Jul-Aug 2003 Table of Contents

IMPROVING PATIENT CARE

I Do House Calls!



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Home visits aren’t just a thing of the past. They can benefit patients and doctors, even today.

Fam Pract Manag. 2003 Jul-Aug;10(7):69-70.

This content conforms to AAFP CME criteria. See FPM CME Quiz.

One day last year, the daughter and caretaker of one of my patients called to ask whether I could arrange for a home nurse to come see her mother, who was chronically ill. She was concerned about her mom’s breathing and didn’t feel like she could get her to my office. I knew the family lived nearby, and I was going to be leaving the office within the hour, so I offered to come over and see her mother myself when I left for the afternoon. As her condition deteriorated over the next few months, I found myself making visits to their home almost weekly. When she died, I ran over between patients to pronounce her and comfort her family. I have a great sense of satisfaction when I think about those months because I was able to extend myself beyond the confines of my office to help a patient and her family through a very difficult time.

Old-fashioned house calls are seldom discussed or thought of in today’s world of high-tech, expensive health care. However, they can easily be incorporated into a physician’s everyday practice, and they can benefit both patients and physicians in many important ways.

Advantages to the patient

Some patients could access medical care much more readily if the physician came to their home. Elderly patients and patients with physical disabilities may have difficulties getting to a physician’s office. Patients who are blind or cannot drive for other reasons may also benefit from the convenience of home visits. During winter months, patients who could normally get to the office may have more trouble.

For some patients, the physician may be able to do a better examination in their home than in the office. I have one patient, for example, who is morbidly obese and can’t get onto my exam table without a lot of help. When she called one day complaining of abdominal pain, I offered to come to her house, where I knew she could easily lie down on her bed for me to examine her. Similarly, with a wheelchair-bound patient, I was able to do a much more thorough examination in her home than I had ever done in previous visits in the office.

Patients also benefit from their physician seeing the location and conditions in which they live. Cleanliness and hygiene can be appreciated, as can the layout of the house. With this information, a physician may be able to identify problems and make suggestions for improvement – suggestions that would never be considered had the physician not been to the patient’s home.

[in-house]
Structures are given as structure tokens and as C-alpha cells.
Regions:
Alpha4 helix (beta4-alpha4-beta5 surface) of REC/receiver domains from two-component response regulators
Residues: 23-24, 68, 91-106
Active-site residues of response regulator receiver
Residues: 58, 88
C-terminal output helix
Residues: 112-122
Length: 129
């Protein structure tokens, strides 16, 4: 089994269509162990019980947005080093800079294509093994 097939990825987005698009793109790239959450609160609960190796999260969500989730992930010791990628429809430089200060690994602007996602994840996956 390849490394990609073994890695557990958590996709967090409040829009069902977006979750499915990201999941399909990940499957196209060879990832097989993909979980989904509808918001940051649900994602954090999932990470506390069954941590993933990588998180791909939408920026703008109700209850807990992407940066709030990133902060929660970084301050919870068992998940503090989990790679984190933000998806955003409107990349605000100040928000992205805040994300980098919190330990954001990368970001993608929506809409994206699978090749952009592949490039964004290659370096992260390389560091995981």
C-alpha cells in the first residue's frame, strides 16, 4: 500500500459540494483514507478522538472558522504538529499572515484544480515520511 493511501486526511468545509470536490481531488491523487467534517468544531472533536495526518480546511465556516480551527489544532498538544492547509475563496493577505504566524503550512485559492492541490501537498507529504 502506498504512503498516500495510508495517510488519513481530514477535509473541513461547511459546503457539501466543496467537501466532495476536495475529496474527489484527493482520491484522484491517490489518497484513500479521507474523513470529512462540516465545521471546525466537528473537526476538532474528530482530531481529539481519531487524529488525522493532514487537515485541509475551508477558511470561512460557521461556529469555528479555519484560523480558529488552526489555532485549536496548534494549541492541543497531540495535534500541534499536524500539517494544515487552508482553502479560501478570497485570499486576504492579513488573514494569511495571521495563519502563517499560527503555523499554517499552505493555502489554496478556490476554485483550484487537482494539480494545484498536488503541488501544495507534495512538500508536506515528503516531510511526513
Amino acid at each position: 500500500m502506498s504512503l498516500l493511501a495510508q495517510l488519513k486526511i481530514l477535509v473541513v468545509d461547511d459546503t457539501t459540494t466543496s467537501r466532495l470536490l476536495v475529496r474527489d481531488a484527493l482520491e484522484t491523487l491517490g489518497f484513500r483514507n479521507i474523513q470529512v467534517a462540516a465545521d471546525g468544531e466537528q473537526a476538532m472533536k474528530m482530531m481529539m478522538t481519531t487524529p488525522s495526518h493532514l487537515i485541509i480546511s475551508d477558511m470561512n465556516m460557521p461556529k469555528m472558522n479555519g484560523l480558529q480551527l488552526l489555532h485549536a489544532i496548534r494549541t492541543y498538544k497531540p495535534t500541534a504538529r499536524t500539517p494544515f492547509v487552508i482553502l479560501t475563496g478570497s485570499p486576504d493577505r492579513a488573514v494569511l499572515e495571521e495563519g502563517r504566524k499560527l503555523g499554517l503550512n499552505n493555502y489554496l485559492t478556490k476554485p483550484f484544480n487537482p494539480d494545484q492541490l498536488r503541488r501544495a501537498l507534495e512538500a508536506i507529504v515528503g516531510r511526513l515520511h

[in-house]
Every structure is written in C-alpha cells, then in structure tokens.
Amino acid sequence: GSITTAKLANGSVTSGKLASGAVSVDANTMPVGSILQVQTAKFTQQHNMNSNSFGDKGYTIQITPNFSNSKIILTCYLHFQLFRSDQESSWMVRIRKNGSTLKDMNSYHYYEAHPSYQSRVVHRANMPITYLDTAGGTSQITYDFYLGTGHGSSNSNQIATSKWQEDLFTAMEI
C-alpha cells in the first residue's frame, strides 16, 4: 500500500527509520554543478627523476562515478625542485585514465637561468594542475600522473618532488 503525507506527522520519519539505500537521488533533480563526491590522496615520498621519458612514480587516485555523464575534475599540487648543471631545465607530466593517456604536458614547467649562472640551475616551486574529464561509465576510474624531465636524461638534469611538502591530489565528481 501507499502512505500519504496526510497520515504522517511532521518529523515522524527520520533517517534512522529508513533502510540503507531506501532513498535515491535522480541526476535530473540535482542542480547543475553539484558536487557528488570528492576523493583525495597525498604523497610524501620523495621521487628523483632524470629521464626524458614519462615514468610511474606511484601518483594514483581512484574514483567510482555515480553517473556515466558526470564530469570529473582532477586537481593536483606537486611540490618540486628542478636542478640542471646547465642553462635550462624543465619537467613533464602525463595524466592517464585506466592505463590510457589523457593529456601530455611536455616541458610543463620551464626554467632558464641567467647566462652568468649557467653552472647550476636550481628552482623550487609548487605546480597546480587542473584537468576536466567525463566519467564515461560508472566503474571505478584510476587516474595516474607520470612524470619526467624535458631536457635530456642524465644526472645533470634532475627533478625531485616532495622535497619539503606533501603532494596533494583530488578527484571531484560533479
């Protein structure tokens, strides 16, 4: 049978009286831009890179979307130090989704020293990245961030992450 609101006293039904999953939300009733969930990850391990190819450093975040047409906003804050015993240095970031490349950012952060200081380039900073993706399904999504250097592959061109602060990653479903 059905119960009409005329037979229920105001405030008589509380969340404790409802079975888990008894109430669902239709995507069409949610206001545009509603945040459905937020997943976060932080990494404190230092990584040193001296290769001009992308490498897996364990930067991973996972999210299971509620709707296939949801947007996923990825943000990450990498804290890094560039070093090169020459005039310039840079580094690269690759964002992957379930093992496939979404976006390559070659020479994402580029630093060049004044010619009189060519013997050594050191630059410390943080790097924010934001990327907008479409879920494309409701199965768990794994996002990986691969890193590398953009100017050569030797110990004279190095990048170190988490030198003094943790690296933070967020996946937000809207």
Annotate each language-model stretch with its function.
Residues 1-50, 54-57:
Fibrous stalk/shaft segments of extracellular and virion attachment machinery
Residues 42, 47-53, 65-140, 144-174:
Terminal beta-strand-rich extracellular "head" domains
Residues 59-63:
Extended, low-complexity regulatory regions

Advantages to the physician

The reimbursement for home visits for Medicare and most other insurance carriers is usually considerably more than the same visits done in the office (see “Billing for house calls”). Doing home visits can also increase your income by generating goodwill. Patients today don’t expect their physicians to do house calls; therefore, they appreciate a physician who is willing to come to their home and are quick to tell their friends and neighbors what a wonderful physician they have. This invariably leads to new patients for the physician.

Perhaps the biggest benefit to the physician is that it makes you feel good to do home visits. It is gratifying to do a little extra for someone who needs it and can lead to a great sense of professional satisfaction. In my practice, I care for a couple who are both over 90 years old. Last winter, they both became quite ill and neither could drive to my office. I managed their conditions through home visits and phone calls and got them back to being able to plant their garden this spring. This couple is a perfect example of what can happen when a physician uses house calls to go a little beyond the expected.

How to do house calls

The hardest part is selecting patients. I suggest not advertising the service. Instead, pick the patients to whom you offer house calls based on criteria that you determine. Criteria should include patients’ needs as well as their proximity to your office. I have managed to incorporate home visits into my day as I pass from the hospital to the office or from my office to pick up my children at school. Traveling out of the way or long distances to do home visits would have high “opportunity costs” – that is, I would be making less on these house calls than the revenues I could have been generating seeing patients in the office during the same time. By limiting home visits as much as possible to only convenient and practical locations, you will fully reap the benefits of the higher reimbursement.